Outdoor Pilates Workout Routine

When you think of outdoor workouts, Pilates might not be at the top of your list, but maybe it should. Transferring your indoor mat or apparatus driven workout to the local park is easier than you think—and adds a breath of fresh air to your Pilates regimen while still delivering a killer workout.

Take your mind off the mat with these four quick and easy moves. All you need is a park bench and a 10- to 15-minute burst of effort. Grab some clothes that are easy to move in—you can keep your shoes on. These activities each have a park-specific option to amplify the results and make optimal use of your environment.


Pilates Jump & Jack

A woman performs a jumping jack.

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Believe it or not, jumping jacks were a favorite of Joseph Pilates, and you can make friends with them too. Here's a favorite variation, the Jump & Jack.

Perform the jumping section in two counts. Count one is up, and count two is down. Then, perform the jack part in another two counts—a jump forward and back with a hip thrust. As you jack forward, toss the arms to shoulder height. Then lower them to jump back. Practice this sequence until you master the motion. Then, start your set.

Here's the instruction overview:

  • Count 1: Jump arms overhead with feet wide.
  • Count 2: Jump arms down with legs together.
  • Count 3: Jack forward with legs together and arms to shoulder height in front.
  • Count 4: Jack back with legs together and arms back down.
  • Repeat 15 - 25 times.

Park Option

Find a low curb to perform the "jack" or forward/back part of the move. The open-close part or first two counts happen on the flat ground. Count 3 or the jack position hops up on the curb and comes back down on count 4.


Jumping jacks giving you trouble? No problem. Perform this move using only the arms and let the lower body remain still. You will still warm up and get your circulation pumping without the struggle of coordination and timing to slow you down.


Pilates Pushups Series

Push ups on a park bench.

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Pushups? Check that. Pilates has those, too. We do them with some specific parameters.

  • Step 1: Stand tall with arms reaching overhead.
  • Step 2: Round down and walk hands out to a plank position.
  • Step 3: Do 5 triceps pushups, taking care to keep a straight back.
  • Step 4: Pike your hips up and walk your hands back to your feet before rolling up to standing.
  • Repeat twice more for a total of 15 pushups.

Park Option

Use a bench as your support surface. Round down and place both hands on the bench. Walk both feet back and then perform your 5 pushups. Press back up from your last pushup and walk both feet in to stand tall before repeating 3–4 more sets.


Simply skip the pushups and hold the plank position for 3–5 breaths. Take a rest and then repeat 2–3 more times.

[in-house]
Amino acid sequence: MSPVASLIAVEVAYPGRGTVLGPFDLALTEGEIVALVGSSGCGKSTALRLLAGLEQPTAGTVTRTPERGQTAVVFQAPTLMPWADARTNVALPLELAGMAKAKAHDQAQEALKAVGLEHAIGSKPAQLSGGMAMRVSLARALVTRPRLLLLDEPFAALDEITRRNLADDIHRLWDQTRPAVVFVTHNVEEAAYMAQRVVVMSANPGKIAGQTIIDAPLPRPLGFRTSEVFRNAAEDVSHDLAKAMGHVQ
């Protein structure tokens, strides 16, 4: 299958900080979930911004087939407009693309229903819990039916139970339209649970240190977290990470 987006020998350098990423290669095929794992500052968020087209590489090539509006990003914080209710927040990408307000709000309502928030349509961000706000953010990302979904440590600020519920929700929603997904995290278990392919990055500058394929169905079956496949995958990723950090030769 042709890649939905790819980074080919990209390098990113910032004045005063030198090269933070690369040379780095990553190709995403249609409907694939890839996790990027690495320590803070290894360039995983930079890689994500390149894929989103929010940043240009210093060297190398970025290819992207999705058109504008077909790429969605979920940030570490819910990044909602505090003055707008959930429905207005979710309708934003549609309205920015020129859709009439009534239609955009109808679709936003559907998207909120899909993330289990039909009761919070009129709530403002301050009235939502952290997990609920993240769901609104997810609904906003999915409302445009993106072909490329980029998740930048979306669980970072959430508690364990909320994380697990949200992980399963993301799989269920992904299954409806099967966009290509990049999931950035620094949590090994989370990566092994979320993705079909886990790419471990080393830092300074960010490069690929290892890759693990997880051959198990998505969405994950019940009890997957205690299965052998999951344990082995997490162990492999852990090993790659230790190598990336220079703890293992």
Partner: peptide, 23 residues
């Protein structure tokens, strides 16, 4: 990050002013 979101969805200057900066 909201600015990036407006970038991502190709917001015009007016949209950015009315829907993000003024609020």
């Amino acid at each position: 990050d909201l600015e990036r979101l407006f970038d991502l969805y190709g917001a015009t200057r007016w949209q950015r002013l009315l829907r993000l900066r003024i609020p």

Pilates Side Planks

The side plank.

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This move works the side abdominal muscles to tone the waistline.

  • Step 1: From standing, roll down and walk both hands out to a straight arm plank.
  • Step 2: Pivot to one side with feet stacked OR slightly apart with top leg lifted.
  • Step 3: Reach the free arm up to the sky and raise your hips and waist high, turning head to look up the extended arm.
  • Step 4: Then, lower your hand back to the floor and lower your hips toward the ground.
  • Repeat 5–8 times. Come through a full straight two-arm plank before switching sides.

Park Option

Use the bench as your support structure. Take your plank at the bench by placing hands down first and walking both feet back. Pivot to one hand and repeat as described above.


Simply step one foot in front of the other for wider support. Hold step 1 for 3–5 breaths. Take a break and repeat 2–3 more times.


Pilates Standing Splits

A standing split on a bench.

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Tone, stretch, and strengthen the legs and groin with these Pilates standing splits. Aim to move through the pose in a slow, controlled motion.

  • Step 1: From an upright position, step one foot back into a deep runner's lunge.
  • Step 2: Straighten the back leg and keep the front leg bent deep and low.
  • Step 3: Bring your torso upright and place your hands behind your head.
  • Step 4: Hold your balance as you stretch the front leg straight and then bend it low.
  • Repeat 8–10 reps. Then, switch legs.

Park Options

Use a bench to focus on flexibility with this exercise. Stand in front of the bench and place the front foot atop the bench for a deeper stretch but less strength-building.


Balance can be a challenge with this move. Stand behind a bench to support your hands if you need a little extra help staying upright.

A Word From Verywell

Wherever you do your workout, remember that the purpose of Pilates is to improve all the elements of your wellness in one system. Use your body as a team with all the moving parts working together. Remember to focus not just on strength and stretching, which come easily with Pilates, but on control, concentration, and the breath—all additional benefits of Pilates.

By Alycea Ungaro, PT, MS
Alycea Ungaro, PT, MS, holds a Pilates certification through the Pilates Method Alliance and a master's degree in clinical nutrition.